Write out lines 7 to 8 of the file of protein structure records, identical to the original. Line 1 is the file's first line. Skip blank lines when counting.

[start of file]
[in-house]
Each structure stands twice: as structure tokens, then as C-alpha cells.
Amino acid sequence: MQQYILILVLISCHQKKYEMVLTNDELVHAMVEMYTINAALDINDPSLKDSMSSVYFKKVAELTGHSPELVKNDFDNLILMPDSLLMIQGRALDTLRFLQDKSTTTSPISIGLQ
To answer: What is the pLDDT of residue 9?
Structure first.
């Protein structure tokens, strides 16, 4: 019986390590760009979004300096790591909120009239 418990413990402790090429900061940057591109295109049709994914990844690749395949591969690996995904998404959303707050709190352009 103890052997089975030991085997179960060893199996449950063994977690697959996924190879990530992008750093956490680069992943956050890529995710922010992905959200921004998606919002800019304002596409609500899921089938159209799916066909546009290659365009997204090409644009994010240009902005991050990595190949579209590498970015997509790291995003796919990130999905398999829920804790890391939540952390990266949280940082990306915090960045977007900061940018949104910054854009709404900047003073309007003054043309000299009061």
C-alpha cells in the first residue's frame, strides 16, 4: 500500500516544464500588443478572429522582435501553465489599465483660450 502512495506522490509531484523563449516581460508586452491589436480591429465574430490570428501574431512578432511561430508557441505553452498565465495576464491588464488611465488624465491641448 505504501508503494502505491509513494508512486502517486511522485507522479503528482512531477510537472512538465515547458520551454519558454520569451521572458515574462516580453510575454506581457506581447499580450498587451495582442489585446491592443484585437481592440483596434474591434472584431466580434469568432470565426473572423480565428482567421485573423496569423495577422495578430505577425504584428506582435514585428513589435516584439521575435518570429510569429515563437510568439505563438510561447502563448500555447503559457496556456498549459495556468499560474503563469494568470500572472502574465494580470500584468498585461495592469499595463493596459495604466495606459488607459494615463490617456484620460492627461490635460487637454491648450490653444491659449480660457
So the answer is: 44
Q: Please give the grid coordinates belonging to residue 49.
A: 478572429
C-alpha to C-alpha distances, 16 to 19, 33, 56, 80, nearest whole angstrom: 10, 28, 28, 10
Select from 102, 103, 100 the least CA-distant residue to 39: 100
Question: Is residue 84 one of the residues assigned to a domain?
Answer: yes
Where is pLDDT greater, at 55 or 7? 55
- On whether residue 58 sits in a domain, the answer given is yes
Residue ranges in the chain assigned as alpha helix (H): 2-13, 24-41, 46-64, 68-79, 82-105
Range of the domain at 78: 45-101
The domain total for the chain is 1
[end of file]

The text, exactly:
C-alpha cells in the first residue's frame, strides 16, 4: 500500500516544464500588443478572429522582435501553465489599465483660450 502512495506522490509531484523563449516581460508586452491589436480591429465574430490570428501574431512578432511561430508557441505553452498565465495576464491588464488611465488624465491641448 505504501508503494502505491509513494508512486502517486511522485507522479503528482512531477510537472512538465515547458520551454519558454520569451521572458515574462516580453510575454506581457506581447499580450498587451495582442489585446491592443484585437481592440483596434474591434472584431466580434469568432470565426473572423480565428482567421485573423496569423495577422495578430505577425504584428506582435514585428513589435516584439521575435518570429510569429515563437510568439505563438510561447502563448500555447503559457496556456498549459495556468499560474503563469494568470500572472502574465494580470500584468498585461495592469499595463493596459495604466495606459488607459494615463490617456484620460492627461490635460487637454491648450490653444491659449480660457
So the answer is: 44